— The McDonnell Douglas DC-10
You may have heard that the Boeing 777 was the first airliner to be designed entirely on computer. What you probably didn’t know is that the DC-10 was the first to be designed with crayons and a wooden ruler. The problem revolves mostly around the tail. Although the DC-10 wasn’t the first jet to have three engines, the builders had no idea what to do with the middle one. Hurried to outpace their main competitor, the Lockheed L-1011, they flipped a coin and decided to wedge it through the vertical stabilizer. Lockheed took its time and developed a beauty; Douglas gave us this…
— The Britten-Norman Trislander
Somewhere in the UK, a group of precocious fifth-graders saw pictures of the DC-10. Grabbing up scraps of plywood and lawn mower parts they shouted, “we can do worse!” A few days later they unveiled the Trislander, which promptly won fourth prize in the school’s show-and-tell science contest. Though you have to admit, the idea of a three-engine, piston-powered commuter plane is kind of neat. Or not.
— The Shorts SD-330, 360, and SC-7 Skyvan
Northern Ireland gave us Stiff Little Fingers, the great, long-forgotten punk band of the late ’70s and early ’80s. It also gave us the Shorts Brothers, known for their line of boxy commuter turboprops. I admit to a fondness for the 330 and 360 models. Sure they’re inelegant, but the design is so wonderfully utilitarian — and from certain angles the planes do maintain a certain grace and dignity. The Skyvan, however, is another story. Could you fly on one of these scaled-up child’s toys and still feel good about yourself in the morning?
The CASA C-212 Aviocar
Here’s the answer to why the Spanish aerospace industry is second in global non-prominence only to its automobile industry. And the name… “Aviocar” is like “Airbus” (or “Skyvan”), only stupider. (We’re reminded of those fantastical flying car ideas of the 1950s. Someday we’d all be zipping around in our own “aviocar,” though who knew it would look like this?) Wait, the Spanish are major partners in the Airbus consortium too. Does the A380’s troubled DNA go all the way back to this contraption?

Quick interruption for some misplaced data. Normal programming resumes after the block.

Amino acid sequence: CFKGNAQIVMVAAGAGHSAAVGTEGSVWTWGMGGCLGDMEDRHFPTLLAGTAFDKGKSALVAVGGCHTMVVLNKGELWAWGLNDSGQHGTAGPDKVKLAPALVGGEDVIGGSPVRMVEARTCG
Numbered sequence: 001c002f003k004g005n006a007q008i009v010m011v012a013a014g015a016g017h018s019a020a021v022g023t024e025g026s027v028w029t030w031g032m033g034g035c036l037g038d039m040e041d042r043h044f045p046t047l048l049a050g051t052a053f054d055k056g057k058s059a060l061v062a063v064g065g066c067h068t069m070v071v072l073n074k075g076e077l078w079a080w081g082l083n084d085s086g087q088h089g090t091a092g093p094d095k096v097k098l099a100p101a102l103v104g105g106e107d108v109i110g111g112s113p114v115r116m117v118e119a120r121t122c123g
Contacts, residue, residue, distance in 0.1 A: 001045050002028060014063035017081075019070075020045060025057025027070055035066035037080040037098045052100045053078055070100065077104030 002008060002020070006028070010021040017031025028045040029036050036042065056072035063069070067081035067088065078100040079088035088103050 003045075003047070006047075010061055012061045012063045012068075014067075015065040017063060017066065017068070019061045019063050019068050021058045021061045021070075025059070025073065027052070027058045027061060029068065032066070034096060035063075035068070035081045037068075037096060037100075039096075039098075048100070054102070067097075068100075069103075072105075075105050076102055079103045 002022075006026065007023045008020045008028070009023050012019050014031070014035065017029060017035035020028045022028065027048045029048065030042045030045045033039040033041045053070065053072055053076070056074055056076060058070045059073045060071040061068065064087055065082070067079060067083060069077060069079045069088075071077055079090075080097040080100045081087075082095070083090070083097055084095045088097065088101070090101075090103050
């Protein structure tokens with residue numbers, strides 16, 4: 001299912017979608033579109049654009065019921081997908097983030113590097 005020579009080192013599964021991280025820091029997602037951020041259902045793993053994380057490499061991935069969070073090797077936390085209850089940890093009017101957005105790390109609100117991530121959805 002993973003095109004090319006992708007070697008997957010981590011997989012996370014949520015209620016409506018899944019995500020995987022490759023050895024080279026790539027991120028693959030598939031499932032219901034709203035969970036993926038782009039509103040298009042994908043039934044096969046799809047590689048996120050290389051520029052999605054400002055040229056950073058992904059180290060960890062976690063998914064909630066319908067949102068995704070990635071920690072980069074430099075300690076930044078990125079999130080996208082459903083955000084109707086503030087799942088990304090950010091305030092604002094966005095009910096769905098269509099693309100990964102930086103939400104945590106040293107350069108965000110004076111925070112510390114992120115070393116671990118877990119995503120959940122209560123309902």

The VFW (Fokker) 614
Nobody knows what this plane, one of the few German commercial aircraft ventures, is supposed to be, exactly. Are the engines really on top of the wings, or was the plane built upside down around them? In either case, why? We’re told the unorthodox placement allows for shorter landing gear and perhaps a slightly lower wing, which in turn allow for a slightly bigger cabin and a bit more space for fuel or cargo, but some of us theorize the engineers were strung out on schnapps. The engines-on-top concept had the added bonus of reducing the plane’s noise footprint on the ground, while making things as loud as possible in the cabin.
— The Antonov An-72
Things gets tricky when it comes to the Soviet planes. They were strange-looking machines, but many of them embodied a cool, Cold War sort of sensibility that could be, in its own way, darkly beautiful. The Tupolevs were my favorites. See the Tu-134, or best of all the apocalyptic Tu-114. This wasn’t the case, however, with the Antonov line. Most Antonovs were beastly, and there’s a special place in the Pantheon for the An-72. Let the picture do the talking…
And so on.
I know, there are plenty more worthy candidates. But let’s just drop it.
One final point, though, about the A380: I agree that an airplane’s design, no different from that bridge or skyscraper, speaks to its era, and it’s important to temper one’s judgment with context. This does not apply to the A380, a plane whose ungainliness will, I assure you, prove timeless. It’s ugly now and will continue to be ugly 40 years from now.
Now this is only half the story, of course — albeit the fun half. Where, you’re asking, are the good-looking planes?
My affections for the Boeing 747 are well documented, but we shan’t neglect the 727, the Ilyushin IL-62, and that handsomest of old turboprops, the IL-18. A list for another time…